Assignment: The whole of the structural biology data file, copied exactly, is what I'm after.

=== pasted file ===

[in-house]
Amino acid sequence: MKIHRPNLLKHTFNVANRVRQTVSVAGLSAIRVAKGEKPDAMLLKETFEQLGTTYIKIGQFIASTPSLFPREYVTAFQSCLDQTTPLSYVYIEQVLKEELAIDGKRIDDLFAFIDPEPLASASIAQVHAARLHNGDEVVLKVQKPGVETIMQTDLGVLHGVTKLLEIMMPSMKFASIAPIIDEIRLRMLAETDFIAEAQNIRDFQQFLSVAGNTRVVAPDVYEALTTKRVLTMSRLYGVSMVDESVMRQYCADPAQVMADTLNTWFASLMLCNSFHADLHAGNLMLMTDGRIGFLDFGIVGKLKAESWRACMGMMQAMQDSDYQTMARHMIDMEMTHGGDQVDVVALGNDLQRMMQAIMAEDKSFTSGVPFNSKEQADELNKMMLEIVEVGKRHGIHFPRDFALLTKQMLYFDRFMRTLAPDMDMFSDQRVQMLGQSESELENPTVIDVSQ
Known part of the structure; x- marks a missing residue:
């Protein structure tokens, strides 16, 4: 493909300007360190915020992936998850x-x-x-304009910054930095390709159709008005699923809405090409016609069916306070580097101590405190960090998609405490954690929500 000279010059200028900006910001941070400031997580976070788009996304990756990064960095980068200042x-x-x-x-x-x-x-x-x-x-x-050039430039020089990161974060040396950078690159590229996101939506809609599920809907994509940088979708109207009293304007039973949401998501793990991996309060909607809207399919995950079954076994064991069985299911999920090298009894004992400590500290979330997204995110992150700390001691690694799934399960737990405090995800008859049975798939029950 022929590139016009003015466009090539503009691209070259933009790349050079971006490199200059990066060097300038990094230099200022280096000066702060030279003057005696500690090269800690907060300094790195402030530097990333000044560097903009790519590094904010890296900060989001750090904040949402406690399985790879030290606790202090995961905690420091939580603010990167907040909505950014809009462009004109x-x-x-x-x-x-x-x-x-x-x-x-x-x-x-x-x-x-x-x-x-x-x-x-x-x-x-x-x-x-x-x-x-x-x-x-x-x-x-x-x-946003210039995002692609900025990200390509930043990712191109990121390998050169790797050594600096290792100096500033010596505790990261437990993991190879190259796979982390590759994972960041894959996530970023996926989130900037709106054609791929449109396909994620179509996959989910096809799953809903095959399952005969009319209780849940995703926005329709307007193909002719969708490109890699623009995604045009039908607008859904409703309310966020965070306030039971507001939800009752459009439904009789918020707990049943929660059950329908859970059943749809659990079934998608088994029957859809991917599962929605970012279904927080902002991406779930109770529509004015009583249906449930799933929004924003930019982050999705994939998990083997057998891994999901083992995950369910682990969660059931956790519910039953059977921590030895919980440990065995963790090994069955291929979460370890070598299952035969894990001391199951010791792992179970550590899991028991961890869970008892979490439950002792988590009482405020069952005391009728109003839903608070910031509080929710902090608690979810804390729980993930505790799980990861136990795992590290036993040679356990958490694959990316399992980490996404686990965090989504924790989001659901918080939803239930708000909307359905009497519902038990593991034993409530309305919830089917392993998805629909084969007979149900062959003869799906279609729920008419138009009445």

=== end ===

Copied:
[in-house]
Amino acid sequence: MKIHRPNLLKHTFNVANRVRQTVSVAGLSAIRVAKGEKPDAMLLKETFEQLGTTYIKIGQFIASTPSLFPREYVTAFQSCLDQTTPLSYVYIEQVLKEELAIDGKRIDDLFAFIDPEPLASASIAQVHAARLHNGDEVVLKVQKPGVETIMQTDLGVLHGVTKLLEIMMPSMKFASIAPIIDEIRLRMLAETDFIAEAQNIRDFQQFLSVAGNTRVVAPDVYEALTTKRVLTMSRLYGVSMVDESVMRQYCADPAQVMADTLNTWFASLMLCNSFHADLHAGNLMLMTDGRIGFLDFGIVGKLKAESWRACMGMMQAMQDSDYQTMARHMIDMEMTHGGDQVDVVALGNDLQRMMQAIMAEDKSFTSGVPFNSKEQADELNKMMLEIVEVGKRHGIHFPRDFALLTKQMLYFDRFMRTLAPDMDMFSDQRVQMLGQSESELENPTVIDVSQ
Known part of the structure; x- marks a missing residue:
């Protein structure tokens, strides 16, 4: 493909300007360190915020992936998850x-x-x-304009910054930095390709159709008005699923809405090409016609069916306070580097101590405190960090998609405490954690929500 000279010059200028900006910001941070400031997580976070788009996304990756990064960095980068200042x-x-x-x-x-x-x-x-x-x-x-050039430039020089990161974060040396950078690159590229996101939506809609599920809907994509940088979708109207009293304007039973949401998501793990991996309060909607809207399919995950079954076994064991069985299911999920090298009894004992400590500290979330997204995110992150700390001691690694799934399960737990405090995800008859049975798939029950 022929590139016009003015466009090539503009691209070259933009790349050079971006490199200059990066060097300038990094230099200022280096000066702060030279003057005696500690090269800690907060300094790195402030530097990333000044560097903009790519590094904010890296900060989001750090904040949402406690399985790879030290606790202090995961905690420091939580603010990167907040909505950014809009462009004109x-x-x-x-x-x-x-x-x-x-x-x-x-x-x-x-x-x-x-x-x-x-x-x-x-x-x-x-x-x-x-x-x-x-x-x-x-x-x-x-x-946003210039995002692609900025990200390509930043990712191109990121390998050169790797050594600096290792100096500033010596505790990261437990993991190879190259796979982390590759994972960041894959996530970023996926989130900037709106054609791929449109396909994620179509996959989910096809799953809903095959399952005969009319209780849940995703926005329709307007193909002719969708490109890699623009995604045009039908607008859904409703309310966020965070306030039971507001939800009752459009439904009789918020707990049943929660059950329908859970059943749809659990079934998608088994029957859809991917599962929605970012279904927080902002991406779930109770529509004015009583249906449930799933929004924003930019982050999705994939998990083997057998891994999901083992995950369910682990969660059931956790519910039953059977921590030895919980440990065995963790090994069955291929979460370890070598299952035969894990001391199951010791792992179970550590899991028991961890869970008892979490439950002792988590009482405020069952005391009728109003839903608070910031509080929710902090608690979810804390729980993930505790799980990861136990795992590290036993040679356990958490694959990316399992980490996404686990965090989504924790989001659901918080939803239930708000909307359905009497519902038990593991034993409530309305919830089917392993998805629909084969007979149900062959003869799906279609729920008419138009009445």